From 16th to 25th June 2023, the Special Olympics World Games took place in Berlin where thousands of athletes with intellectual disabilities competed together in 26 summer sports. The Games are the world’s largest inclusive sporting event and were for the first time held in Germany. As host of the 16th World Games, Berlin welcomed 7.000 athletes from 190 delegations and 20.000 volunteers for 9 full days of sports and emotions. Johanniter’s regional association of Berlin provided medical services at the Games and was joined by Euan from St John Ambulance who travelled from Nottingham to the event. Here is what he reports:
“I am Euan, a St John Ambulance volunteer from Nottingham, United Kingdom. In June 2023, I was fortunate to participate in a JOIN Volunteer Swap to attend the Special Olympics World Games in Berlin, Germany. Although there were many opportunities to volunteer this year, I was particularly drawn to this event as I felt it brought together many different elements of equality, diversity and inclusion (and I’ve always been a fan of the Olympics, Paralympics and Special Olympics!). During my visit, I was very kindly looked after by ‘Johanniter-Unfall-Hilfe e.V’ (or simply, Johanniter) – the German sister organisation of St John Ambulance- who made me feel very welcome, and even took the time to show me around their unit.
There, I started to learn about how Johanniter operates as a volunteer organisation which variates largely depending on which district you find yourself in! In Berlin, for example, Johanniter is responsible for disaster protection and humanitarian aid and has special equipment to temporarily provide care and welfare for large numbers of individuals. In Berlin, Johanniter volunteers are able to volunteer in many different ways, such as in Cycle Response Units (CRU) or even Motorbike Response Units! I was particularly interested to learn that the ambulance service and structure differ greatly from those in England. In Berlin, the ambulance service is managed by the fire service, and a majority of their paramedics are serving firefighters! As Emergency Ambulance Crew (NQ) for St John Ambulance, I took interest in the scope of practice for Johanniter volunteers. The variation in the responsibility for Johanniter staff differs greatly depending on their region – in Berlin for example, although ambulance staff and paramedics can give some medications, most medication administration is reserved for ‘Emergency Doctors’… this did make me worry about what might happen if an athlete needed effective pain relief, but I was reassured that there are a lot more mobile Emergency Doctors in Germany (and, fortunately, during the Games there was very minimal trauma)!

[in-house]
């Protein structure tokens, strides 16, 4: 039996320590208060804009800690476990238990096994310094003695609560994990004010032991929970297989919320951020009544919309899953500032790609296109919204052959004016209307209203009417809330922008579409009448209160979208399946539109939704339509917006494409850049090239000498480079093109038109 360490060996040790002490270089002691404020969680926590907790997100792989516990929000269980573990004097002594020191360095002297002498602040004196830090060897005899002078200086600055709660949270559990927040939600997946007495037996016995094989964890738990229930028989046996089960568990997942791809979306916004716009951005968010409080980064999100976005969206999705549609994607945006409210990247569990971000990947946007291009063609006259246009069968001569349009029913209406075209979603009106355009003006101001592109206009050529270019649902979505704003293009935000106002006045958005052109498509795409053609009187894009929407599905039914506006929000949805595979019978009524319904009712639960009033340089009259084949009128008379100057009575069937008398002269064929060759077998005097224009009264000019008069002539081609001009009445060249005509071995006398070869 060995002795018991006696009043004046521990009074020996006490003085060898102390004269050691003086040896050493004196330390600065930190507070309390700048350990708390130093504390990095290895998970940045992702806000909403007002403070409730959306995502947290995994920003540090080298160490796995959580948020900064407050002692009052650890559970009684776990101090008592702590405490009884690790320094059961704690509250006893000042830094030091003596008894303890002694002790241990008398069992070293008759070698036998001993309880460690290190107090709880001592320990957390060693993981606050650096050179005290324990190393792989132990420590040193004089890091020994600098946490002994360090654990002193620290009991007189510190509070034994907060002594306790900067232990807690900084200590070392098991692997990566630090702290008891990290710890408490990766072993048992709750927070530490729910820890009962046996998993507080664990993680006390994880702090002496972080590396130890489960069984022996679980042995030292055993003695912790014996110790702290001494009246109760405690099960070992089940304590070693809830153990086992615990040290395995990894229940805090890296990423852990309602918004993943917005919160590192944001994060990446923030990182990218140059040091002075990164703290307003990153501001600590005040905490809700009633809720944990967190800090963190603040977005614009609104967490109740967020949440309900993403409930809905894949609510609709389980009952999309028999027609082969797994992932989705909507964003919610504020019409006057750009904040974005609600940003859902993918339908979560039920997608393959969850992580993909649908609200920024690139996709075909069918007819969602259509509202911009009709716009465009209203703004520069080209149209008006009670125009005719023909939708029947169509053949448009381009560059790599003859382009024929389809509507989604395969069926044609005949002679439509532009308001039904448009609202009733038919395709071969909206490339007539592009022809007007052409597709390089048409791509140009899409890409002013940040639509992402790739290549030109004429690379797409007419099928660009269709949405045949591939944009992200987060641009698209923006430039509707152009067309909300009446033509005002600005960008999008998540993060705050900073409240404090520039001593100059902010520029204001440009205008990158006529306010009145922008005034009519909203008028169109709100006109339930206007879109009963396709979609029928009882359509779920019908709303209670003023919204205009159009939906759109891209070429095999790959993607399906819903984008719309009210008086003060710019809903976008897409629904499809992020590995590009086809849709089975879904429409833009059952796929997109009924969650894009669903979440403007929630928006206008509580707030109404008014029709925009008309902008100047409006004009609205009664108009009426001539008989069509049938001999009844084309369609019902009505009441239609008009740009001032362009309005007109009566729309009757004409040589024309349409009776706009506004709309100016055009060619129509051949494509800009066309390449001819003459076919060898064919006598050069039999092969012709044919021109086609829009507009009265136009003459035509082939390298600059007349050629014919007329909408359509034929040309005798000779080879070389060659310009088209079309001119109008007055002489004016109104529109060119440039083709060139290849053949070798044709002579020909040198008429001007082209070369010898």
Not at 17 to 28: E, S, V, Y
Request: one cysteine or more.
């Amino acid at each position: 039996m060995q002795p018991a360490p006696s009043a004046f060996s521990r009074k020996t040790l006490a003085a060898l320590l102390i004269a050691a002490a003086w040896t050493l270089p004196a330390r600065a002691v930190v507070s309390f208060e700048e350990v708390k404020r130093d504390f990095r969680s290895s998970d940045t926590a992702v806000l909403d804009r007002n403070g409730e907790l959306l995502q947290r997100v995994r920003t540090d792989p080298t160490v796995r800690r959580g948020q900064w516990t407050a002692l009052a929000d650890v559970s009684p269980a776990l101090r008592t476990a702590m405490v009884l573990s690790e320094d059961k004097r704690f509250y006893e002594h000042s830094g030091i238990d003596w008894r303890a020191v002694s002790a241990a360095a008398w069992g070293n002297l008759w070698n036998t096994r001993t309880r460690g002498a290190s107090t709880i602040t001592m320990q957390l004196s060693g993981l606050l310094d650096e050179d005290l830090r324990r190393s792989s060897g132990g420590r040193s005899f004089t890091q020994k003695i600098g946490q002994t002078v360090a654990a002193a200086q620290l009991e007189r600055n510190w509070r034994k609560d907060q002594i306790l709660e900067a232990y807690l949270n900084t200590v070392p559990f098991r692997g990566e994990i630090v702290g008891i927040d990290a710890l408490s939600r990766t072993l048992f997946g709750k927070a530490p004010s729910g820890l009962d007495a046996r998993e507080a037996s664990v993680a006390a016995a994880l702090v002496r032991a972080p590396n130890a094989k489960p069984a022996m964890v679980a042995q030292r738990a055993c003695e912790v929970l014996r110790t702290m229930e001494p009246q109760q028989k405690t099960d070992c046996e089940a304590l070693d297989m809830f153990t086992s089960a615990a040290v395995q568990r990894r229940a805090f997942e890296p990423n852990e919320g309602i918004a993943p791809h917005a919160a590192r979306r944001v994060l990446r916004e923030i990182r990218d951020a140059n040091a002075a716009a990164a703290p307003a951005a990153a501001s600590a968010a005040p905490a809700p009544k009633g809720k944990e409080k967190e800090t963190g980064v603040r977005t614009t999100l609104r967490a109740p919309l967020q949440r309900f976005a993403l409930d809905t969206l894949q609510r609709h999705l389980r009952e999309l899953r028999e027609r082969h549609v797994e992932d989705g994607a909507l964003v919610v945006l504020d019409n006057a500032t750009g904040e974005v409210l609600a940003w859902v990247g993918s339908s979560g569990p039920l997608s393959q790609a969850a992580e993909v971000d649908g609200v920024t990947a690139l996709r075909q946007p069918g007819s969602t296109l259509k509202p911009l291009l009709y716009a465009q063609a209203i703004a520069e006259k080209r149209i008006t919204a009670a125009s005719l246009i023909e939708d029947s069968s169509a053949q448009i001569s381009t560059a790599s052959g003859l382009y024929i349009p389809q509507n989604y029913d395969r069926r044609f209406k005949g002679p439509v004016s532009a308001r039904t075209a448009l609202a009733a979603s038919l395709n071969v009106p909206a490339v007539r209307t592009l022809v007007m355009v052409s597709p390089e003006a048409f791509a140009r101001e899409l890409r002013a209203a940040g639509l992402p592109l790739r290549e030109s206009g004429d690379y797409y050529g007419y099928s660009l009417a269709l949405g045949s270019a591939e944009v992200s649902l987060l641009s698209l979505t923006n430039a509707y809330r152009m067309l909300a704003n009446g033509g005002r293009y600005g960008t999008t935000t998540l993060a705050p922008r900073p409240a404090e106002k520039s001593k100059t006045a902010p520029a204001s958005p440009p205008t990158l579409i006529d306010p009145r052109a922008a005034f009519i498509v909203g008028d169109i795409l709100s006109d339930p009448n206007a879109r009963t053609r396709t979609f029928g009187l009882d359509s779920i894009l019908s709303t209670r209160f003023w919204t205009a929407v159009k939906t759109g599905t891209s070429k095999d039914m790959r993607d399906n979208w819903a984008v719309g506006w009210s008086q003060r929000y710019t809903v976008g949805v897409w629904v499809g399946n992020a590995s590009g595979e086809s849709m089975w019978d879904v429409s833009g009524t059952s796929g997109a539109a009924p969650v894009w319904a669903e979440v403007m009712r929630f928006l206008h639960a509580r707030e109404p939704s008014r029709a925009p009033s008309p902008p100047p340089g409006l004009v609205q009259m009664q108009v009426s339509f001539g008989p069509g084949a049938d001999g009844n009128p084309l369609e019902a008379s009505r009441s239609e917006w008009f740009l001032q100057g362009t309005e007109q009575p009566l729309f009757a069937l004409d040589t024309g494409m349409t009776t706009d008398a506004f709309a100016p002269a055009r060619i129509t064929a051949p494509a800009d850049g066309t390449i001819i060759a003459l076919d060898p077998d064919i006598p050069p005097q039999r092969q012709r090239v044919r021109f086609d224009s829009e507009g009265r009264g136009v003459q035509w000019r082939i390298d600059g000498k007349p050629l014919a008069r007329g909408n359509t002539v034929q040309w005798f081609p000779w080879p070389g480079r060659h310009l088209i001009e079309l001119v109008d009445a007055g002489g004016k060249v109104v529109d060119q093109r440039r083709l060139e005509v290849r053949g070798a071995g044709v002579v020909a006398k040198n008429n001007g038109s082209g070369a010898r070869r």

The Special Olympics World Games was a complex event and required over 1,000 Johanniter volunteers during the course of the games. During the Games, I was able to provide assistance at events such as the opening ceremony, futsal, cycling, equestrian and even for a Special Olympics event at the Berlin Zoo! I greatly enjoyed getting to spend time engaging with Johanniter volunteers, as well as the athletes, family members and members of the public. I also learnt about the wider aspects of volunteering in Germany, from a team of Maltesers (another medical charity) from Leipzig, who taught me about their responsibilities in their local district.
There was a lot to learn during my time in Berlin, and I will definitely take this forward in my practice, both clinically and personally. As a Mental Health Advocate for St John Ambulance, I was keen to hear about the resources available to Johanniter volunteers. I spoke with a Johanniter volunteer, who runs the Berlin CRU unit and has established good connections in London with the local CRU unit there. I was pleased to hear that since participating in these Volunteer Swaps with St John Ambulance, they had learnt the importance of welfare and have begun to implement this into their management style – regularly checking in on volunteers and ensuring there are appropriate provisions and rest for volunteers whilst on events. I enjoyed sharing some more ideas and will look forward to keeping in touch to see how this is going! I think that I was able to take away some serious learning points from my time in Berlin, too. Although more St John Ambulance volunteers were interested in this swap, I was the only volunteer that came from England. This experience was not only my first flight, but my first time in a foreign country (if we don’t count Disneyland when I was younger!), and all of this was done alone. I was very privileged in the fact that I speak English, as this is quite a popular second language, but even with this I soon realised how difficult life can be when you are in an unfamiliar place, with unfamiliar people, and with an unfamiliar language. I managed to get through the week quite well, but there were some moments when I found myself worried or confused. This was a reflective moment, particularly clinically, as I can only imagine how difficult and scary it can be for patients who find themselves in this situation – I will definitely take this feeling forward and take even greater care in my treatment under these circumstances! Overall, I am incredibly thankful to Johanniter International, Johanniter Germany and all of the many volunteers that made me feel so welcomed and appreciated during my visit, you were wonderful hosts and hopefully, I will visit again one day!“